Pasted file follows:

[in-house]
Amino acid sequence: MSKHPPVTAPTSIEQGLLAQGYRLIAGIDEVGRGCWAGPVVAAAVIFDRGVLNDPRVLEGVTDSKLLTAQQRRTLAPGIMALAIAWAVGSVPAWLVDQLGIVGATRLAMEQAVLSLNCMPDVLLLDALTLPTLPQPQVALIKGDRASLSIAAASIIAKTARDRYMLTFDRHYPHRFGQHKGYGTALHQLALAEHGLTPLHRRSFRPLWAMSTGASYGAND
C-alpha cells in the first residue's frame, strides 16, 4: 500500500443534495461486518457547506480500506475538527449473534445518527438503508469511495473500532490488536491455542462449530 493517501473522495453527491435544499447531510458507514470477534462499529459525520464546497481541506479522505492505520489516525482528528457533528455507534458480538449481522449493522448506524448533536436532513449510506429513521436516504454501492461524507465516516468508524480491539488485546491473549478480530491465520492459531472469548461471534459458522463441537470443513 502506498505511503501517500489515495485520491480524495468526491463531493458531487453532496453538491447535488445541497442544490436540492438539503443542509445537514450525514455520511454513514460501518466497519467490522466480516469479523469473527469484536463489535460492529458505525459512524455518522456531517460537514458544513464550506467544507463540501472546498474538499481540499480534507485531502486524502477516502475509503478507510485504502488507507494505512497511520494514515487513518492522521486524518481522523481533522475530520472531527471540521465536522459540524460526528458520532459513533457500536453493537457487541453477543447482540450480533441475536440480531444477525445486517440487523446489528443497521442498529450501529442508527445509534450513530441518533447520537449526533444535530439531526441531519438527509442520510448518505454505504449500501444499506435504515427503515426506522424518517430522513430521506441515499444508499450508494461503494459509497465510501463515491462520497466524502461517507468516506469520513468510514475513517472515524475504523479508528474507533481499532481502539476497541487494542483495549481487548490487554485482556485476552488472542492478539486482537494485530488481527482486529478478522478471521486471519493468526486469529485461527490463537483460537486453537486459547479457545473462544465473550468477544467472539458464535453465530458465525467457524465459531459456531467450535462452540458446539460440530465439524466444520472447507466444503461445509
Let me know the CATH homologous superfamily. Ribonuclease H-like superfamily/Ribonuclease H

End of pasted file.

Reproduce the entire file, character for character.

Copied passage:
[in-house]
Amino acid sequence: MSKHPPVTAPTSIEQGLLAQGYRLIAGIDEVGRGCWAGPVVAAAVIFDRGVLNDPRVLEGVTDSKLLTAQQRRTLAPGIMALAIAWAVGSVPAWLVDQLGIVGATRLAMEQAVLSLNCMPDVLLLDALTLPTLPQPQVALIKGDRASLSIAAASIIAKTARDRYMLTFDRHYPHRFGQHKGYGTALHQLALAEHGLTPLHRRSFRPLWAMSTGASYGAND
C-alpha cells in the first residue's frame, strides 16, 4: 500500500443534495461486518457547506480500506475538527449473534445518527438503508469511495473500532490488536491455542462449530 493517501473522495453527491435544499447531510458507514470477534462499529459525520464546497481541506479522505492505520489516525482528528457533528455507534458480538449481522449493522448506524448533536436532513449510506429513521436516504454501492461524507465516516468508524480491539488485546491473549478480530491465520492459531472469548461471534459458522463441537470443513 502506498505511503501517500489515495485520491480524495468526491463531493458531487453532496453538491447535488445541497442544490436540492438539503443542509445537514450525514455520511454513514460501518466497519467490522466480516469479523469473527469484536463489535460492529458505525459512524455518522456531517460537514458544513464550506467544507463540501472546498474538499481540499480534507485531502486524502477516502475509503478507510485504502488507507494505512497511520494514515487513518492522521486524518481522523481533522475530520472531527471540521465536522459540524460526528458520532459513533457500536453493537457487541453477543447482540450480533441475536440480531444477525445486517440487523446489528443497521442498529450501529442508527445509534450513530441518533447520537449526533444535530439531526441531519438527509442520510448518505454505504449500501444499506435504515427503515426506522424518517430522513430521506441515499444508499450508494461503494459509497465510501463515491462520497466524502461517507468516506469520513468510514475513517472515524475504523479508528474507533481499532481502539476497541487494542483495549481487548490487554485482556485476552488472542492478539486482537494485530488481527482486529478478522478471521486471519493468526486469529485461527490463537483460537486453537486459547479457545473462544465473550468477544467472539458464535453465530458465525467457524465459531459456531467450535462452540458446539460440530465439524466444520472447507466444503461445509
Let me know the CATH homologous superfamily. Ribonuclease H-like superfamily/Ribonuclease H